ISSN ONLINE(2320-9801) PRINT (2320-9798)

All submissions of the EM system will be redirected to Online Manuscript Submission System. Authors are requested to submit articles directly to Online Manuscript Submission System of respective journal.

State-of-the ART Location Recognization Development Over Smartphones by Integrating Cloud Based LBS’s

Kiran V S1/, Savitha Sthawarmath2
  1. 2nd year M.Tech, Computer Networking and Engineering, NMAMIT Nitte, Karnataka, India
  2. Assistant Professor, Dept. of Information Science and Engineering, NMAMIT Nitte, Karnataka, India
Related article at Pubmed, Scholar Google

Visit for more related articles at International Journal of Innovative Research in Computer and Communication Engineering


This paper proposes a novel way of providing location based-service for check-in application situated to be implemented within smart-phones integrated with the cloud platform and representing a service for cloud end users. The performance of which is independent of employed device, uses a Global positioning system (GPS) and Wi-Fi- Access points in a opportunistic way by considering the scenario of finding the user location. For indoor scenario Wi- Fi Access points are helps in finding the user location by reading the Received Signal Strength (RSS). This is employed where traditional approaches, usually GPS/HPS fails, and aimed to find a user location with room-level resolution. For example Employee check-in in office. While doing this process the cloud will be used as computational resource for collected data from smartphone and the results of it will be stores in the cloud itself, and it made available for the enduser through web application. For outdoor scenario GPS is used for finding location and Google Cloud Messaging Service is used for providing the Messaging service. These information is provided to end-user via web application. The Proposal is, practically implemented over android operating system-based smart-phones along with Cloud Computing Services like Google App Engine and Google Cloud Messaging (GCM) Service. Experimental Results have shown location recognization accuracy of about 90%, opening the door to use as location-based Service.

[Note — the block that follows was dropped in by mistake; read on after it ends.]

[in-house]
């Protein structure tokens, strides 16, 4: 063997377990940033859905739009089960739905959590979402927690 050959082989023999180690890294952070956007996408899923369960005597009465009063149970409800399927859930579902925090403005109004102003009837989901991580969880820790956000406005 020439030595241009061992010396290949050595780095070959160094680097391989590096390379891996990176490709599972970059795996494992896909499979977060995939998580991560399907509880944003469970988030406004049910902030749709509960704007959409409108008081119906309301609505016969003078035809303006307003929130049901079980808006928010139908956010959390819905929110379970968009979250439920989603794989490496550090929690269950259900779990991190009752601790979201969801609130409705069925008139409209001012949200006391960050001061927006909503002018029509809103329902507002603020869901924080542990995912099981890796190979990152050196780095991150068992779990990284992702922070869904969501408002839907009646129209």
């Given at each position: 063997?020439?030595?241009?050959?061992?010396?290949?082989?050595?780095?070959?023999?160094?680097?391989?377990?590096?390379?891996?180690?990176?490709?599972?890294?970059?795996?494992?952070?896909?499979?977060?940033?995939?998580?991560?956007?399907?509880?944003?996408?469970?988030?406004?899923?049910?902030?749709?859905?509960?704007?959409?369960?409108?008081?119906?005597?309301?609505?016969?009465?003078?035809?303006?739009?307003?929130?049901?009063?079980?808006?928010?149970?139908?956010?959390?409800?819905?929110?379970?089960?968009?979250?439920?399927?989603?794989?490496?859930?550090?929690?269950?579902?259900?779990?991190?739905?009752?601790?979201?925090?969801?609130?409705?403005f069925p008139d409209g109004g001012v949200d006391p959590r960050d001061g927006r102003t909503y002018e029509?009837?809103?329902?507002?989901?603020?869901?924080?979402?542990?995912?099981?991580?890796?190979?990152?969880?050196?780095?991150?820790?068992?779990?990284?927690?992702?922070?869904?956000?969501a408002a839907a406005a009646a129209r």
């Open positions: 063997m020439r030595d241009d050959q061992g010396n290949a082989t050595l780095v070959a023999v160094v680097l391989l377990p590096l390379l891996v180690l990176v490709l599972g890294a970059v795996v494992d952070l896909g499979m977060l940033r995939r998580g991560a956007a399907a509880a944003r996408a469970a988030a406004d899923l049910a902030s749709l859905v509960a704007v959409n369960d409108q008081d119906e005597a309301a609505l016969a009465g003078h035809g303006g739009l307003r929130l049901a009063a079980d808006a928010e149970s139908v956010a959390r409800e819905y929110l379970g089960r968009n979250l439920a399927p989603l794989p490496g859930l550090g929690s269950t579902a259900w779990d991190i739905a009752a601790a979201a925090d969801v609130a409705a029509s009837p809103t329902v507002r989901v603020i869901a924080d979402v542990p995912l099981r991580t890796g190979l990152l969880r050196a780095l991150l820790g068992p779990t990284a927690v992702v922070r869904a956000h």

Android, Cloud Computing Services, GPS, Wi-Fi Fingerprinting, GCM.


A Location-Based Service (LBS) is an information service, which is dependent on the location of a mobile device, such as smart-phones, palmtops and tablets, these provides the identification of people and objects location. LBS can be used in many applicative scenarios, such as health, object search, entertainment, office work and personal life. LBS applications may also include parcel and vehicle tracking services for time bound critical applications.
The motivation for every location based information system is: “To assist with the precise information, at right place in real time with personalized setup and high location sensitivity”. In the electronic era we are dealing with many integrated featured miniature devices which are going to replace the bulky devices, even desktops for computational purposes. We have vast number of applications and usage where a person sitting in a roadside café needs to get relevant data and information. Such needs can only be catered with the help of LBS. We have been able to create a number of different applications where we provide the user with information regarding a place he or she wants to visit. But these applications are limited to desktops only. We need to import them on mobile devices.